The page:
The Chartered Institution of Wastes Management (CIWM) is to fund the development of a guidance document on reuse and recycling technologies for use in low and middle-income countries.
The document will be delivered by the charity WasteAid UK with support from consultancy firm Resource Futures, led by CIWM senior vice president and patron of WasteAid UK, Professor David Wilson.
The guidance will cover reprocessing techniques that require minimal or low capital investment and which produce products for local markets.
It will provide case studies and ‘how to’ kits to encourage replication, for municipal solid waste and other waste streams, as well as the necessary health and safety and environmental protection measures to protect both the workers and society.
Professor Wilson said: “More than two billion people worldwide do not have a waste collection service, which results in severe public health problems – through children playing amongst waste, blocked drains, infectious diseases and inhalation of smoke from open burning.
“Even when waste is collected, uncontrolled dumping is the norm – the waste of some three billion people isn’t disposed of safely.
“Many cities in Africa and Asia are growing so rapidly that in 15-20 years’ time they will be generating twice as much waste as they do today. Already struggling with the waste crisis, these cities desperately need targeted support from the international community. In the meantime, sustainable and self-financing community-led solutions can make immediate improvements, hence the focus of this research.”
WasteAid UK delivers training in community waste management in low- and middle-income countries. In its first year the charity has worked in The Gambia, Senegal, Ghana and Kenya, setting up community recycling facilities impacting the lives of some 124,000 people.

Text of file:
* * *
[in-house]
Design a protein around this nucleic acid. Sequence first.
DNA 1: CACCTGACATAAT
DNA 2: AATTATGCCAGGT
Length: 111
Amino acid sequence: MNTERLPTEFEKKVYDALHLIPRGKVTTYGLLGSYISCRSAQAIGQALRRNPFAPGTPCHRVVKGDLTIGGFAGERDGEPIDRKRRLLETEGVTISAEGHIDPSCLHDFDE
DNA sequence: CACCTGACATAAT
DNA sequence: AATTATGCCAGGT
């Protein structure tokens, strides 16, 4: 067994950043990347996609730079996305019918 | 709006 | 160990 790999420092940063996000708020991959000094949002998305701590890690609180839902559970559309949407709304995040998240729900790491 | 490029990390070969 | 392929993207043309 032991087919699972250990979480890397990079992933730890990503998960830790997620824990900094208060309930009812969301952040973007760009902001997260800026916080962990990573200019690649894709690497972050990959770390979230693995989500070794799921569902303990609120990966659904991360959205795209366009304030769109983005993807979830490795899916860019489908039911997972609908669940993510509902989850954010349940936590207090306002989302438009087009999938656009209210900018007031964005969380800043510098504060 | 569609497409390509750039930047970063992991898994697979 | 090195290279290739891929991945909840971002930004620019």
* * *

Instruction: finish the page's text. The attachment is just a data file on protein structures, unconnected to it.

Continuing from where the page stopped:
Mike Webster of WasteAid UK said: “This guidance, funded by CIWM, will enable us to help thousands of communities around the world to improve the way they manage their waste. It will show people how to treat different materials to maximise their value and minimise risks to human health and the environment.”
Ed Cook, senior consultant at independent environmental consultancy Resource Futures, said: “We’re aiming to put together a suite of technological approaches which can be adopted in a range of different circumstances. The most important thing is that each proposed approach is appropriate for the community it will benefit and the type of waste being generated, and that it’s cheap to implement and maintain.
“We want these interventions to be self-sustaining for the recipients, enabling them to develop their own businesses and encourage others to follow suit.”
WasteAid UK will be co-hosting a community waste management conference in The Gambia in Spring 2017, in partnership with the Arkleton Trust. The event will give WasteAid UK the opportunity to ‘field test’ the guidance, discussing and testing all the technologies covered with community waste managers.
The final guidance document will be launched at the next CIWM Presidential inauguration in October 2017, after which WasteAid UK will disseminate the report in partnership with CIWM.